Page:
Help needed with thick coating for shrimp

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Joined Jul 15, 2006
a while back I was in New Orleans and I had a delicious shrimp that was thickly coated with a type of corn meal batter. I'd guess the coating was about 3/8 inch thick, but it was light and fluffy. It was deep-fried. I have been playing around with various prep methods but it does not come up to what I ate in New Orleans. Current recipe: 1 cup corn meal, 1/2 cup A.P. flour, 1 1/2 tsp baking powder, 3/4 tsp salt, 1/2 tsp paprika, 1/4 tsp blk pepper, (mix dry ingredients well). 1 whole egg, 1/4 cup milk, 3/4 cup water. Chop up 2 green onions and mix with wet ingredients. Peel and butterfly the shrimp. Make up a cocktail sauce to suit your tastes. heat dep frying oil to 350 F. Combine dry and wet ingredients and mix well. Dip all shrimp in batter and then lift one shrimp at a time out of the batter and deep fry for 2 minutes. This recipe is NOT light and fluffy as I remember.
Any suggestions on how to get a lighter batter (but still thick) would be most welcome
 
2,989
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Joined May 5, 2010
From what I see of the recipe, experience tells me that deleting the milk and replacing it with another egg, then separating those eggs and beating the whites into stiff peaks then folding them into the mixture would help lighten things.
 
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Joined Sep 17, 2018
3/8 inch on all sides? Was the product like a hush puppy with a shrimp stuffed inside? I'm having a hard time picturing this. As far as making a lighter batter you could try adding some rice flour and seltzer water for a kinda hybrid tempura. But I don't know if it will have the texture you are looking for.
 
52
11
Joined Jul 15, 2006
3/8 inch on all sides? Was the product like a hush puppy with a shrimp stuffed inside? I'm having a hard time picturing this. As far as making a lighter batter you could try adding some rice flour and seltzer water for a kinda hybrid tempura. But I don't know if it will have the texture you are looking for.
Yes, it was quite similar to a shrimp dipped in a hush puppy batter. The only thing I know from talking to the waitress is that the product was purchased pre-made and frozen. One thought I had this morning was using a corn flour instead of corn meal.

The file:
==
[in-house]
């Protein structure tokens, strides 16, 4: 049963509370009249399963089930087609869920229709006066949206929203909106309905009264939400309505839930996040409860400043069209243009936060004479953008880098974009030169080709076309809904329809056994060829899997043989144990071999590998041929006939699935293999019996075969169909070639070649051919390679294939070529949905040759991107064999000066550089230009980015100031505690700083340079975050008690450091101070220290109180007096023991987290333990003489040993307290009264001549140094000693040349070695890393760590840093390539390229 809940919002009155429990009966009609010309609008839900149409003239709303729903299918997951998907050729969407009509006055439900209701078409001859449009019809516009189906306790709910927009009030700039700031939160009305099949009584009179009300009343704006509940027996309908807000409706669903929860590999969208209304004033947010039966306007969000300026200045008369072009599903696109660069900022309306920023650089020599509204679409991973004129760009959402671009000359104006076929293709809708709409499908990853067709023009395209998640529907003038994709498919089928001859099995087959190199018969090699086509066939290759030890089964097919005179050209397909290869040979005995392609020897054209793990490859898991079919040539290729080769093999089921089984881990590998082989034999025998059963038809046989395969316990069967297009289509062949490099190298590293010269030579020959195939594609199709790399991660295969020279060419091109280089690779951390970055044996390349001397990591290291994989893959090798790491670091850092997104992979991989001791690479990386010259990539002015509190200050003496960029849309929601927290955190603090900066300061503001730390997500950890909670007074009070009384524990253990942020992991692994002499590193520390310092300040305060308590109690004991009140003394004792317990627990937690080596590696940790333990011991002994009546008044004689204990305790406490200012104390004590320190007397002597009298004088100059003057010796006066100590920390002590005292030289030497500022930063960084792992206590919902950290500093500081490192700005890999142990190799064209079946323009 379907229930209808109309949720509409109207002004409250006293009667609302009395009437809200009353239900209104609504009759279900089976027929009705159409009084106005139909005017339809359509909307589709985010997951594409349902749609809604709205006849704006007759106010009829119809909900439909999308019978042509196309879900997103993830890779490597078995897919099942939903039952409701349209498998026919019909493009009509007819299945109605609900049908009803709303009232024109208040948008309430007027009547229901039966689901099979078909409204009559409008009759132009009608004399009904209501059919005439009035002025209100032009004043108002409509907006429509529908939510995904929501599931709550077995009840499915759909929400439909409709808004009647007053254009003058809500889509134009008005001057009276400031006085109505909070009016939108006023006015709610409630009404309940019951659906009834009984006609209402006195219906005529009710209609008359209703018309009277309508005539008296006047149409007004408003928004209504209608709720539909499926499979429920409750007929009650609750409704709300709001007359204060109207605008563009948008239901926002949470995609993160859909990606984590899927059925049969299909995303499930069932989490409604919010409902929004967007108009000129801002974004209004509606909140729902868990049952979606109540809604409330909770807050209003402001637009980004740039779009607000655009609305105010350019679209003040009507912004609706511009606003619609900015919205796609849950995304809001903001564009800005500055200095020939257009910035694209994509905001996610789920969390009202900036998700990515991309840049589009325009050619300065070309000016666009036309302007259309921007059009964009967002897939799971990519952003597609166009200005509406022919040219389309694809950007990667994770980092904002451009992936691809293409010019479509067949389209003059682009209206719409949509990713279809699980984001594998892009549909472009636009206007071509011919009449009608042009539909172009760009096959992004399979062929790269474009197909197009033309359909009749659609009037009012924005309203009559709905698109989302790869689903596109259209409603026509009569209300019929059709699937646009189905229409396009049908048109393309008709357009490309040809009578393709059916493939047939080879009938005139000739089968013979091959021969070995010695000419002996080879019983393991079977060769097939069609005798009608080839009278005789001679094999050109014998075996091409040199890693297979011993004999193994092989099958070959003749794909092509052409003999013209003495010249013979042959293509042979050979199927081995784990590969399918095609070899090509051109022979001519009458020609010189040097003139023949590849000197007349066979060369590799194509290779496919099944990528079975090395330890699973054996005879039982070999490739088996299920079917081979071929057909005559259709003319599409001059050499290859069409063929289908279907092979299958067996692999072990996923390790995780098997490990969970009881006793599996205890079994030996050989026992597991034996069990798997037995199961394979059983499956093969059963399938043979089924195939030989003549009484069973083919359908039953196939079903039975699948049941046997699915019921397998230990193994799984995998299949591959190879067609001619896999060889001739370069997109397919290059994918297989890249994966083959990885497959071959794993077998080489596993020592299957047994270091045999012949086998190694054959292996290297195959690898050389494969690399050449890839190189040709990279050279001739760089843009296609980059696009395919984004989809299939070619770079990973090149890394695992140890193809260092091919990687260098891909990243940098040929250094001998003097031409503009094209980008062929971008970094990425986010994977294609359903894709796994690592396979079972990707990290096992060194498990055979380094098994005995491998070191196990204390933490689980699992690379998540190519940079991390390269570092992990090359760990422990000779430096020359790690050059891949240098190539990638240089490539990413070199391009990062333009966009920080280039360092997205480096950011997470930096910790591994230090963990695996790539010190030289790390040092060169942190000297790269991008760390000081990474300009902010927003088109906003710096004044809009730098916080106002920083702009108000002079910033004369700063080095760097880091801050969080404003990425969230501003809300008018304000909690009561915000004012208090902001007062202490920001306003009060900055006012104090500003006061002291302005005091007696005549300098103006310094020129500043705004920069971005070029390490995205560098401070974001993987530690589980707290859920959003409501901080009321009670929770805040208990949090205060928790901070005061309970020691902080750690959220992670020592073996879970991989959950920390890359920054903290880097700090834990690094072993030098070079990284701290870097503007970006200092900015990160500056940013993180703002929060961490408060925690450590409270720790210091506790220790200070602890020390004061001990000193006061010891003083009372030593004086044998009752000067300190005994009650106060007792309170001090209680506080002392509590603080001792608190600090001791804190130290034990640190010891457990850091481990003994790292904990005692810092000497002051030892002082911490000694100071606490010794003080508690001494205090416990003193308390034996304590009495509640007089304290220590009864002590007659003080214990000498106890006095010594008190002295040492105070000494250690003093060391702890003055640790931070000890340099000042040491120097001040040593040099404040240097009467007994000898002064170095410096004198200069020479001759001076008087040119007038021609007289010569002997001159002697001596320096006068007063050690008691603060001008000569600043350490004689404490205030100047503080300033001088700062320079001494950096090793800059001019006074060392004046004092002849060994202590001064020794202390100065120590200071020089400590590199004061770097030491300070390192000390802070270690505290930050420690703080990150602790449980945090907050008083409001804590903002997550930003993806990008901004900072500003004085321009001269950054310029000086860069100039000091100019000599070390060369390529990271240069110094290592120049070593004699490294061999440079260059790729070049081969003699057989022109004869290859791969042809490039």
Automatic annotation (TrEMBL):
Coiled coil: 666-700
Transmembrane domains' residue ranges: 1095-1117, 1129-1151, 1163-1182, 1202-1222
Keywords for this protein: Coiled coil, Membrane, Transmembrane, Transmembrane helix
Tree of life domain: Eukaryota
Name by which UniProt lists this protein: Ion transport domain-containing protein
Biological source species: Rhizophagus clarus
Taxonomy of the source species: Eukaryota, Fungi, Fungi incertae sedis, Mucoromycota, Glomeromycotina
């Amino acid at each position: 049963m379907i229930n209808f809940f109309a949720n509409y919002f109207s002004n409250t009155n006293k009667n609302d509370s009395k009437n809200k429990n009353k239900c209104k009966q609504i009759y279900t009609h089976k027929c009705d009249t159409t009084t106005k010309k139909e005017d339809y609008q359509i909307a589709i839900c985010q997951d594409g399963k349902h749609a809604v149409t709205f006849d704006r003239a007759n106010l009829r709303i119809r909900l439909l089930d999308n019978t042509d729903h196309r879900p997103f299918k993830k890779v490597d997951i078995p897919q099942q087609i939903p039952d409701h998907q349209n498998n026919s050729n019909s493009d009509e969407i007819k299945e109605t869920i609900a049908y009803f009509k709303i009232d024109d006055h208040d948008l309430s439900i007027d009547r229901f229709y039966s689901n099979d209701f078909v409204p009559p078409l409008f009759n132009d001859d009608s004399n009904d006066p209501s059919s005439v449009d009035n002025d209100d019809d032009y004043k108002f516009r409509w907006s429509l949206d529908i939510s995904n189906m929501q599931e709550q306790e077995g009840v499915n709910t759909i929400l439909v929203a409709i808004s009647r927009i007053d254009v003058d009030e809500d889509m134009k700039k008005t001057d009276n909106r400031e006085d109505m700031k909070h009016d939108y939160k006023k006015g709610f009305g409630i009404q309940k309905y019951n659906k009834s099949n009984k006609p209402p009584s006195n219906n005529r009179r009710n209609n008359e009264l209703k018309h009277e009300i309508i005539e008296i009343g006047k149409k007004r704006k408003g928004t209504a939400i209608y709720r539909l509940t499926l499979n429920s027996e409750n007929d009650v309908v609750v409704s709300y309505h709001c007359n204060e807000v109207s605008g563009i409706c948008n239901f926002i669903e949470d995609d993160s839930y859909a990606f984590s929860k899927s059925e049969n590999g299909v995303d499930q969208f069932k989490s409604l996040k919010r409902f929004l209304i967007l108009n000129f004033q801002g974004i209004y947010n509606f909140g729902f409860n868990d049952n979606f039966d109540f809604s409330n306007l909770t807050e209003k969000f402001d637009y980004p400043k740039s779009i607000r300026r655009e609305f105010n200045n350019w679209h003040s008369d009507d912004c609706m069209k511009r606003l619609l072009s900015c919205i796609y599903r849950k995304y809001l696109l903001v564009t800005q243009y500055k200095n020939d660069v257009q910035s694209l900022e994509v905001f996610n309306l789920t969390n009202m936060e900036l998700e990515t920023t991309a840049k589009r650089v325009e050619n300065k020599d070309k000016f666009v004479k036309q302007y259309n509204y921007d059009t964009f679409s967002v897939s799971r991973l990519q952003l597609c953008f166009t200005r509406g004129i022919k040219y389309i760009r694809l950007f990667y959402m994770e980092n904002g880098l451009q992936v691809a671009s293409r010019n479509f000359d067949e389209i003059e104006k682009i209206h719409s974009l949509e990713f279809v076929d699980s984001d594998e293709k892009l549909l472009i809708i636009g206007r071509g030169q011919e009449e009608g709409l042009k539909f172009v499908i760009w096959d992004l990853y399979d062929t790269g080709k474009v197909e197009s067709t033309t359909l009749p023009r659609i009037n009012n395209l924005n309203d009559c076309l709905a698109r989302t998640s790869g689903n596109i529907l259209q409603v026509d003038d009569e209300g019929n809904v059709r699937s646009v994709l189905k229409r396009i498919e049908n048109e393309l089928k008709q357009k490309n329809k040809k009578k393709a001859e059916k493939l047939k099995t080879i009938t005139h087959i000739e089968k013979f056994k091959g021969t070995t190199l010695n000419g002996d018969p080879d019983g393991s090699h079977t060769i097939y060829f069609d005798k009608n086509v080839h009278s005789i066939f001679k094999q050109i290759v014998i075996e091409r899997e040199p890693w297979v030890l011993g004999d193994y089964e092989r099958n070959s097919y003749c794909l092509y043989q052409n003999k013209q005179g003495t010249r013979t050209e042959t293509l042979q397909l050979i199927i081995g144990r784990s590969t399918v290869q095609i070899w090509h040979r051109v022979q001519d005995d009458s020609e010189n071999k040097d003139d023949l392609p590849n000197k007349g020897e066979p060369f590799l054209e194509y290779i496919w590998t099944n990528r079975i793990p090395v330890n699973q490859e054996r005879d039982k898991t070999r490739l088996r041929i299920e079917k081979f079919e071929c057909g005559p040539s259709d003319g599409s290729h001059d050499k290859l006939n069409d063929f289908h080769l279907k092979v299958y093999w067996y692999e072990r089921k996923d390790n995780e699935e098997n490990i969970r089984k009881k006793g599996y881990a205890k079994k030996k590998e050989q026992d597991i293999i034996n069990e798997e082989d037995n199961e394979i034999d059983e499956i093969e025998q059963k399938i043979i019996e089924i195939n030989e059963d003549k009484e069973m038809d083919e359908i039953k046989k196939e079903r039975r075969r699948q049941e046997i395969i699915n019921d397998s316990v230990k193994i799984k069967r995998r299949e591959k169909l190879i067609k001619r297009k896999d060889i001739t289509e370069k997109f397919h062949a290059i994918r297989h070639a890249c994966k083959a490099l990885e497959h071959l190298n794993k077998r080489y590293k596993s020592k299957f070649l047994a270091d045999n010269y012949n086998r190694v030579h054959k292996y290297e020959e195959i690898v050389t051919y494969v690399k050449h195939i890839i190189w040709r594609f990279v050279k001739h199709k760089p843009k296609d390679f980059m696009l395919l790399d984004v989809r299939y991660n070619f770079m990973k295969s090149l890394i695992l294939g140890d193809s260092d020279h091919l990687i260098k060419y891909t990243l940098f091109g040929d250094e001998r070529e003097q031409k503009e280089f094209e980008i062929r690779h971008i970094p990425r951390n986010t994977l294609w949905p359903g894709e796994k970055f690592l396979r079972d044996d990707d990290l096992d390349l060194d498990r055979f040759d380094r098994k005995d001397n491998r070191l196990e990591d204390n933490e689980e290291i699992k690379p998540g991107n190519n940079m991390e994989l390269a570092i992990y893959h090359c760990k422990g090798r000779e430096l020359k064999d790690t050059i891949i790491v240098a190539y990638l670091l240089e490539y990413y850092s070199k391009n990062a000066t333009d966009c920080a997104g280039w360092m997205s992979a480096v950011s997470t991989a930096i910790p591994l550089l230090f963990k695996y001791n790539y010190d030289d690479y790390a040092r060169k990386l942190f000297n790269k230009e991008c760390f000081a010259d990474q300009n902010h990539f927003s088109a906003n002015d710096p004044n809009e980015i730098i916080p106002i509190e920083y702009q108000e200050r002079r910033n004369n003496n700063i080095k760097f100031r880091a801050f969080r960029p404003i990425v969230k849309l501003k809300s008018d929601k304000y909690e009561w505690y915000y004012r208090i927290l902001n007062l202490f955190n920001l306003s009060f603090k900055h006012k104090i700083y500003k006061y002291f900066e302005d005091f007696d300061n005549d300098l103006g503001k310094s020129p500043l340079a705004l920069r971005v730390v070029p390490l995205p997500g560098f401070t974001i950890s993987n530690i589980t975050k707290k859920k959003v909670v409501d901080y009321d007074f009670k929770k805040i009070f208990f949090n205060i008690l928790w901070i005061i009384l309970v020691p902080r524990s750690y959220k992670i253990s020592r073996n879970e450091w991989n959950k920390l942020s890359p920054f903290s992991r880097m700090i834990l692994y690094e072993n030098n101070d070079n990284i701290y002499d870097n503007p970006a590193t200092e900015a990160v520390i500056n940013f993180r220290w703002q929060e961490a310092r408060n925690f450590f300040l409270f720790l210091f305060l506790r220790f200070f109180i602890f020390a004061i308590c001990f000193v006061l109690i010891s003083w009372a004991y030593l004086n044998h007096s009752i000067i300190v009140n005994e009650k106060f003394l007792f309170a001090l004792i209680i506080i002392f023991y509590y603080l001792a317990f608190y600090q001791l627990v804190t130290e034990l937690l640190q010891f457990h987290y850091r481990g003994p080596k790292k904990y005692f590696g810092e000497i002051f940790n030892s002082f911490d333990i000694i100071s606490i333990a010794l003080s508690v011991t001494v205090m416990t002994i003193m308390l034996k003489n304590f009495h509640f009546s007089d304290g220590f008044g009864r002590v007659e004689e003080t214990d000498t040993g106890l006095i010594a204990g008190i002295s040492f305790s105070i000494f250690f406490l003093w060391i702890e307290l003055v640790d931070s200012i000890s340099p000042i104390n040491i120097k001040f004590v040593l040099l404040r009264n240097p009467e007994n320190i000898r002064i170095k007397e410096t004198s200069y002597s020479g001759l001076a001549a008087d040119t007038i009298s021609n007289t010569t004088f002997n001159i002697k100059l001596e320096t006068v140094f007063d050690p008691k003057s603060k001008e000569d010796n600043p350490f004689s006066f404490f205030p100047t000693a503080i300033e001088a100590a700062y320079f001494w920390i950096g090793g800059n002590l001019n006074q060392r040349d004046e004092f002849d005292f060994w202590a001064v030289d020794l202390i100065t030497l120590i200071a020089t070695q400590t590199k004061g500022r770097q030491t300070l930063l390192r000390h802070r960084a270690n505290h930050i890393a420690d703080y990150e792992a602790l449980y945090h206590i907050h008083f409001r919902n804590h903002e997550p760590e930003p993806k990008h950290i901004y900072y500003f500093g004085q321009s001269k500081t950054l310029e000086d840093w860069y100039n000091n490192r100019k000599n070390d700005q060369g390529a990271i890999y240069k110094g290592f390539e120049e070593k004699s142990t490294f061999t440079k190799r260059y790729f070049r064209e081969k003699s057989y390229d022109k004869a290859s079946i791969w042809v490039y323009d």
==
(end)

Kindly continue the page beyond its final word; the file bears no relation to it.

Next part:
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Joined Oct 9, 2008
You could try substituting seltzer for some or all of the water, as someone suggested. Another thing is to be absolutely certain that the liquids are ice-cold before mixing the batter. Above all, don't work the batter: you don't want to activate any gluten.

On a technical note, you could try mixing the batter the way tempura chefs do, which feels very strange but works. You mix the dry ingredients, pour in the ice-cold liquid (including a few ice cubes!), and then just kind of slop it together with chopsticks. The batter will be lumpy, and you have to resist the temptation to stir it smooth. The lumps actually help!
 
52
11
Joined Jul 15, 2006
You could try substituting seltzer for some or all of the water, as someone suggested. Another thing is to be absolutely certain that the liquids are ice-cold before mixing the batter. Above all, don't work the batter: you don't want to activate any gluten.

On a technical note, you could try mixing the batter the way tempura chefs do, which feels very strange but works. You mix the dry ingredients, pour in the ice-cold liquid (including a few ice cubes!), and then just kind of slop it together with chopsticks. The batter will be lumpy, and you have to resist the temptation to stir it smooth. The lumps actually help!
 
52
11
Joined Jul 15, 2006
I had not thought about using ice cold liquid. good idea ! and I like your thought that I should not over mix and thus developing the gluten.:cool:
 
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Joined Feb 8, 2009
I agree that it looks like a Southern cornmeal hushpuppy batter that's thinned down. Hushpuppies are just spooned into the fryer. The insides are light with a crispy crust. Just thin the batter way down. I would try it so the batter sticks with it almost dripping off the shrimp.......ChefBillyB
 
52
11
Joined Jul 15, 2006
I agree that it looks like a Southern cornmeal hushpuppy batter that's thinned down. Hushpuppies are just spooned into the fryer. The insides are light with a crispy crust. Just thin the batter way down. I would try it so the batter sticks with it almost dripping off the shrimp.......ChefBillyB
Yes, I agree. thank you. I have tried that, but it does not yield what I had in New Orleans. Since the product was produced, and then frozen, during the mfg process it's quite difficult to tell exactly how they did it.
 

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